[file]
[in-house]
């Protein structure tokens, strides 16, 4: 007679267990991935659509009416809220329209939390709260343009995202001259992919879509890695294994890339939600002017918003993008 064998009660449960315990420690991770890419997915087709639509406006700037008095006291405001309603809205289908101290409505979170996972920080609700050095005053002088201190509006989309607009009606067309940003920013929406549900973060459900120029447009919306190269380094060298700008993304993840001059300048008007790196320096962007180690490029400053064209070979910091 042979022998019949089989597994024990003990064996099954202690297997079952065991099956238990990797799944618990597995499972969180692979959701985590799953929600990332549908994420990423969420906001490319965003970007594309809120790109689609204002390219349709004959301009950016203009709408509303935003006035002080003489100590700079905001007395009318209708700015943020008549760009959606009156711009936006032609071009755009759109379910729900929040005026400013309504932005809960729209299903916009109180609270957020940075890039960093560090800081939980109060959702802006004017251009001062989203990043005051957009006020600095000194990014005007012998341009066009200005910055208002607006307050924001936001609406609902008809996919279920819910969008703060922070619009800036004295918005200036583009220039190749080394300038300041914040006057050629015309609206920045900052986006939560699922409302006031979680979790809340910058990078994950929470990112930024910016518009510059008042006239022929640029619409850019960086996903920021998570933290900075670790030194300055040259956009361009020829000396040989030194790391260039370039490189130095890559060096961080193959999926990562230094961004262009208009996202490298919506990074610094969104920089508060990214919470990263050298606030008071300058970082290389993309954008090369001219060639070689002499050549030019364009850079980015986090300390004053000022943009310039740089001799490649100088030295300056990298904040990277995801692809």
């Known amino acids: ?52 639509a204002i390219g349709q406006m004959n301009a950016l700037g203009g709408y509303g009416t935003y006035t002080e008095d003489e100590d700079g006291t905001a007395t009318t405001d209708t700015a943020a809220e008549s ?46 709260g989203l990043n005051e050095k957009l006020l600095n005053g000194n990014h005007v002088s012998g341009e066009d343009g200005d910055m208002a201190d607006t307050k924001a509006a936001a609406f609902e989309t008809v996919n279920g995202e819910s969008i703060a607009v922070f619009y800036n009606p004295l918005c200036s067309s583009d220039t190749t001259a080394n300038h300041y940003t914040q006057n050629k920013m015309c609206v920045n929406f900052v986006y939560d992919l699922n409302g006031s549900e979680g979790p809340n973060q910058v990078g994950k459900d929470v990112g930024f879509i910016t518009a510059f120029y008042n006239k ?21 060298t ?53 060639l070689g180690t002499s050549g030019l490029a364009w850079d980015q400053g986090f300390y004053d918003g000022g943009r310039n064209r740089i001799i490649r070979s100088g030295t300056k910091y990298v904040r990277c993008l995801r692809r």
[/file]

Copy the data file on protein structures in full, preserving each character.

[in-house]
């Protein structure tokens, strides 16, 4: 007679267990991935659509009416809220329209939390709260343009995202001259992919879509890695294994890339939600002017918003993008 064998009660449960315990420690991770890419997915087709639509406006700037008095006291405001309603809205289908101290409505979170996972920080609700050095005053002088201190509006989309607009009606067309940003920013929406549900973060459900120029447009919306190269380094060298700008993304993840001059300048008007790196320096962007180690490029400053064209070979910091 042979022998019949089989597994024990003990064996099954202690297997079952065991099956238990990797799944618990597995499972969180692979959701985590799953929600990332549908994420990423969420906001490319965003970007594309809120790109689609204002390219349709004959301009950016203009709408509303935003006035002080003489100590700079905001007395009318209708700015943020008549760009959606009156711009936006032609071009755009759109379910729900929040005026400013309504932005809960729209299903916009109180609270957020940075890039960093560090800081939980109060959702802006004017251009001062989203990043005051957009006020600095000194990014005007012998341009066009200005910055208002607006307050924001936001609406609902008809996919279920819910969008703060922070619009800036004295918005200036583009220039190749080394300038300041914040006057050629015309609206920045900052986006939560699922409302006031979680979790809340910058990078994950929470990112930024910016518009510059008042006239022929640029619409850019960086996903920021998570933290900075670790030194300055040259956009361009020829000396040989030194790391260039370039490189130095890559060096961080193959999926990562230094961004262009208009996202490298919506990074610094969104920089508060990214919470990263050298606030008071300058970082290389993309954008090369001219060639070689002499050549030019364009850079980015986090300390004053000022943009310039740089001799490649100088030295300056990298904040990277995801692809």
């Known amino acids: ?52 639509a204002i390219g349709q406006m004959n301009a950016l700037g203009g709408y509303g009416t935003y006035t002080e008095d003489e100590d700079g006291t905001a007395t009318t405001d209708t700015a943020a809220e008549s ?46 709260g989203l990043n005051e050095k957009l006020l600095n005053g000194n990014h005007v002088s012998g341009e066009d343009g200005d910055m208002a201190d607006t307050k924001a509006a936001a609406f609902e989309t008809v996919n279920g995202e819910s969008i703060a607009v922070f619009y800036n009606p004295l918005c200036s067309s583009d220039t190749t001259a080394n300038h300041y940003t914040q006057n050629k920013m015309c609206v920045n929406f900052v986006y939560d992919l699922n409302g006031s549900e979680g979790p809340n973060q910058v990078g994950k459900d929470v990112g930024f879509i910016t518009a510059f120029y008042n006239k ?21 060298t ?53 060639l070689g180690t002499s050549g030019l490029a364009w850079d980015q400053g986090f300390y004053d918003g000022g943009r310039n064209r740089i001799i490649r070979s100088g030295t300056k910091y990298v904040r990277c993008l995801r692809r």